Seeking spaces for negotiation: issues of agency when students contribute to decisions about curriculum Public Deposited

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  • March 21, 2019
  • Staskiewicz, Wendy
    • Affiliation: School of Education
  • This study used a design experiment approach (Brown, 1992) to explore what happens when students recommend and negotiate with teachers about which informational texts will be used in English language arts lessons. The study was framed by Third Space Theory (Bhabha, 1994; Soja, 1996), which supported an examination of the disjunctures between first spaces (ways of knowing and doing valued by individual students) and second spaces (ways of knowing and doing valued by a teacher). The study considered how issues of teacher agency and student agency influenced negotiations about which texts were chosen for use in an upcoming lesson. The study also explored how text selection and negotiation related to student engagement. As a design experiment, this study included a series of two iterations in separate classrooms. Between each study iteration, the researcher adjusted classroom procedures to influence as possible the development of a third space where students and teachers would have the opportunity to influence each other's choice of texts and classroom experience more generally. Findings from the study suggested that for students and teachers to negotiate choices for curriculum, both teachers and students must feel that their first space and second space goals are protected throughout the process. A set of protocols is offered to demonstrate how teachers and students can negotiate and share in decision-making around choices for curriculum.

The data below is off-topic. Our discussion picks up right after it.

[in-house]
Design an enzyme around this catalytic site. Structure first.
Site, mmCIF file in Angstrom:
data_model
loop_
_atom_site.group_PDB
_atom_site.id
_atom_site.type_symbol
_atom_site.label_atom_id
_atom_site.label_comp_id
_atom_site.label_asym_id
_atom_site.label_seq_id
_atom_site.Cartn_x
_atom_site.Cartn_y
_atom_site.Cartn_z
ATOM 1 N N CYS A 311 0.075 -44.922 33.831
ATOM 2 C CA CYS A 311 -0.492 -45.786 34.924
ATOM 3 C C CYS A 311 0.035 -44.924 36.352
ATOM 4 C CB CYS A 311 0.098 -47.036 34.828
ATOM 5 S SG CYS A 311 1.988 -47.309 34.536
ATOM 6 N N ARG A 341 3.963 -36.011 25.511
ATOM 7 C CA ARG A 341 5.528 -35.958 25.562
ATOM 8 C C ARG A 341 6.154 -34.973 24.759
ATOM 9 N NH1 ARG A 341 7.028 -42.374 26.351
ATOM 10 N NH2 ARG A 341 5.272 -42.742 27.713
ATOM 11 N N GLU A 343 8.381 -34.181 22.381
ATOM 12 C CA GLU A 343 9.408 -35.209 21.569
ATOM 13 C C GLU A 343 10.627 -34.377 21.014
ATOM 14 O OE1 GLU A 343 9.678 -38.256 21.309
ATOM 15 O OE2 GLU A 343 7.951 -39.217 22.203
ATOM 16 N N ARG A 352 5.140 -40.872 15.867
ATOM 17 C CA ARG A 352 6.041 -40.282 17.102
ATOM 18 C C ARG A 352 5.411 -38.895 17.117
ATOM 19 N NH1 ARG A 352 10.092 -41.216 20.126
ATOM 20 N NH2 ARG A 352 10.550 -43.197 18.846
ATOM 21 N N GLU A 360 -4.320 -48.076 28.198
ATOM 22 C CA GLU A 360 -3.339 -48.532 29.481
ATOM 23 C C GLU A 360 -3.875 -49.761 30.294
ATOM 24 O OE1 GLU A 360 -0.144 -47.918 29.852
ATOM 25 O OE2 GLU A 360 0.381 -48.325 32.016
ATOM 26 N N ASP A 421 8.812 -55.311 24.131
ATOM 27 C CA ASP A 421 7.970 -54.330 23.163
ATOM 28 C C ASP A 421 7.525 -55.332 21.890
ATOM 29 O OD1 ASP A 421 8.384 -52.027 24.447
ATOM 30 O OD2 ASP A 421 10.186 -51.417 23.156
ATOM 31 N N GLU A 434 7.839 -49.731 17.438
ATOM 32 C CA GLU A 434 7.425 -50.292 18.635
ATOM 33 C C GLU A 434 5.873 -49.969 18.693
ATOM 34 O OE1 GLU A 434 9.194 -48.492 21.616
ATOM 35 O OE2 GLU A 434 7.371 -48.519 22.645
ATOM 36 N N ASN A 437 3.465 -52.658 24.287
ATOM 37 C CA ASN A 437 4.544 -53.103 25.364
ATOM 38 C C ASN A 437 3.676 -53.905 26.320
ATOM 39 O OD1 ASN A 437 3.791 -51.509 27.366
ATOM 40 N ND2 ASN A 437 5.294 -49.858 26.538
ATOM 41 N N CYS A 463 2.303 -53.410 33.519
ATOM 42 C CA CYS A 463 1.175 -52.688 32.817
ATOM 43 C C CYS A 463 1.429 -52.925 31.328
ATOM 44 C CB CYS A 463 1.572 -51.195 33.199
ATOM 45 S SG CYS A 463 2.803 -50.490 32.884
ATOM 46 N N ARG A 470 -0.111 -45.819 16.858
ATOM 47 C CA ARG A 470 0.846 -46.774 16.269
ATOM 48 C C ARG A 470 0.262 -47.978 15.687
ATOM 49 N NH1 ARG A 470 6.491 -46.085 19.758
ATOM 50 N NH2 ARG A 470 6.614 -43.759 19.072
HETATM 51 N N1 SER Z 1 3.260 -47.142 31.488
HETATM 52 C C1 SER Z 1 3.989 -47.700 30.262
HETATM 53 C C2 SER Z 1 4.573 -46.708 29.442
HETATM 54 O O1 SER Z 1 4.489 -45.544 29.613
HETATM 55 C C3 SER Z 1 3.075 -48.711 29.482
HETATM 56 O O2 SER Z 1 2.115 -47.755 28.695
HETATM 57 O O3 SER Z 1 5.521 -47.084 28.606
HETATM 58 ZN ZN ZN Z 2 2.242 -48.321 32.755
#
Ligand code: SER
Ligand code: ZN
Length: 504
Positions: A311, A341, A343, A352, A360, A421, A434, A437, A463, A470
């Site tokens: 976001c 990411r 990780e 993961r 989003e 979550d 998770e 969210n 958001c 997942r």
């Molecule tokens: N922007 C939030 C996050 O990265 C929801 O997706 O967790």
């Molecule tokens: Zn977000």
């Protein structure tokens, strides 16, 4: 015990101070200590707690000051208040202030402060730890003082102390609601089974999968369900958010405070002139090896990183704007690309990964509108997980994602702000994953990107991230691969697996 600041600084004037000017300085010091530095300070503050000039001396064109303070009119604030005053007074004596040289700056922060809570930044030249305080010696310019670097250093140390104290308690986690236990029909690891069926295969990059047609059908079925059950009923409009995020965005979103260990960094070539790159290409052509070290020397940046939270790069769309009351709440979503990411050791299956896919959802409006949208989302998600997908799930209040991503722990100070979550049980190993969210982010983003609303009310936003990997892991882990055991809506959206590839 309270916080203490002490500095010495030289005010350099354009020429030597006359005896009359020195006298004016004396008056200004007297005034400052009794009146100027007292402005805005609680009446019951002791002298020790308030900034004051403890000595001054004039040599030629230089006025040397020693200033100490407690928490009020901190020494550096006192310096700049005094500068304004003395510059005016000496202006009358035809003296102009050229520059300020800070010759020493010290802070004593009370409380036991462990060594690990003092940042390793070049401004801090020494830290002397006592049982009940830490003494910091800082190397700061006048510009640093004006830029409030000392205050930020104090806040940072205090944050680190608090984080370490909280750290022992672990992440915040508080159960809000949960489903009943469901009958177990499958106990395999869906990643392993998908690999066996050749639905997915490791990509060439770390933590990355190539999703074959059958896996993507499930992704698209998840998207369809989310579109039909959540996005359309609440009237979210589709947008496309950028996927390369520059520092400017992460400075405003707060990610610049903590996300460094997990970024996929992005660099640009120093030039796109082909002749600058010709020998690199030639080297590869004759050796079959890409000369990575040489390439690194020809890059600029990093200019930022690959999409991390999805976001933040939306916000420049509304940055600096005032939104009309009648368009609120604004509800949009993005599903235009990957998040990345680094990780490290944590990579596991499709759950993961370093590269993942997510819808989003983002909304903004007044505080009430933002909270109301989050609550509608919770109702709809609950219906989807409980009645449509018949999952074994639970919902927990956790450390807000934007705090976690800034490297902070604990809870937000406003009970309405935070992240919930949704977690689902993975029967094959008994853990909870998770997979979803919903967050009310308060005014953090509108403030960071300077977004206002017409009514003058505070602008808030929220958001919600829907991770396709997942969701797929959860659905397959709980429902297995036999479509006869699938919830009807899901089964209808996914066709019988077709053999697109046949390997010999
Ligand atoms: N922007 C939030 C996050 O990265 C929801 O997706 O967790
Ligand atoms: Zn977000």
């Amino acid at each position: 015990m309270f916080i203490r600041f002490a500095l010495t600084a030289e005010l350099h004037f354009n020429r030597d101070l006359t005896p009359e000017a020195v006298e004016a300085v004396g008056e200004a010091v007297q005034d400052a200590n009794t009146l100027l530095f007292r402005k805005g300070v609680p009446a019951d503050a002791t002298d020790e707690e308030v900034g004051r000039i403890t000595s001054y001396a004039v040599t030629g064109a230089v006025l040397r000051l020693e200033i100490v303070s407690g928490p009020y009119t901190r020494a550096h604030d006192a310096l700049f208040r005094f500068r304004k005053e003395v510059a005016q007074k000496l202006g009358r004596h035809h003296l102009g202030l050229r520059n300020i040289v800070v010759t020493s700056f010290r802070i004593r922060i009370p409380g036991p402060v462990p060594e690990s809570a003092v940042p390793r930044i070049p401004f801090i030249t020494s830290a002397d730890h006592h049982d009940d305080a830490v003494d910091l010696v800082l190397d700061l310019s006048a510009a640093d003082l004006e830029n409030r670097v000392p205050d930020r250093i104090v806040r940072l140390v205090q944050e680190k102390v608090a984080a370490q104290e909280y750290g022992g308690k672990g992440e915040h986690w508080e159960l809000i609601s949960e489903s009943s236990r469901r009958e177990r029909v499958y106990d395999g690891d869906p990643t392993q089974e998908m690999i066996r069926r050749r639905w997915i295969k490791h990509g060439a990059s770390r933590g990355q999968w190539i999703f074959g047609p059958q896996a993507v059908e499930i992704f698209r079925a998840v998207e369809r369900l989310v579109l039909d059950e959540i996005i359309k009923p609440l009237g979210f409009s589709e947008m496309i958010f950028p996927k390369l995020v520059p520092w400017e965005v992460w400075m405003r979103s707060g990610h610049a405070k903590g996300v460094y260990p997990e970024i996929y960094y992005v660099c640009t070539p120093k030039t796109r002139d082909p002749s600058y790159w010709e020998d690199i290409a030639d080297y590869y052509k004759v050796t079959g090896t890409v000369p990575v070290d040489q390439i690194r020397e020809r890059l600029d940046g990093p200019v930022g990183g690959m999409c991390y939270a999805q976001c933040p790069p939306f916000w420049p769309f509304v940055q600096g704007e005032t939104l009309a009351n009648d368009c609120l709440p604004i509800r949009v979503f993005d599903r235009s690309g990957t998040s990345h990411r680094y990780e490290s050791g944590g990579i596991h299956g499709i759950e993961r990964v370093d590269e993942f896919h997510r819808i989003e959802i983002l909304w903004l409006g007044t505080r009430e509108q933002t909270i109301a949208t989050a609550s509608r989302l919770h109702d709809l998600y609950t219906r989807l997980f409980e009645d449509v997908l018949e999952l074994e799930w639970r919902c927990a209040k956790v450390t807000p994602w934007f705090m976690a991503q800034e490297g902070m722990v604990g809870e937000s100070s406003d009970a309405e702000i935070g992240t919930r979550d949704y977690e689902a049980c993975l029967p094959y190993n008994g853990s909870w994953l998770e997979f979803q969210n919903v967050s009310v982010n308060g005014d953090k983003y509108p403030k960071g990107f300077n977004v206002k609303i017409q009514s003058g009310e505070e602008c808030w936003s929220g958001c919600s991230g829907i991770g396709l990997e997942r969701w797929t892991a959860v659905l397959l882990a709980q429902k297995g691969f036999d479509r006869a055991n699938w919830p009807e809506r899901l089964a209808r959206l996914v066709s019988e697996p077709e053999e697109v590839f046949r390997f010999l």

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  • In Copyright
  • Glazier, Jocelyn
  • Doctor of Philosophy
Graduation year
  • 2014

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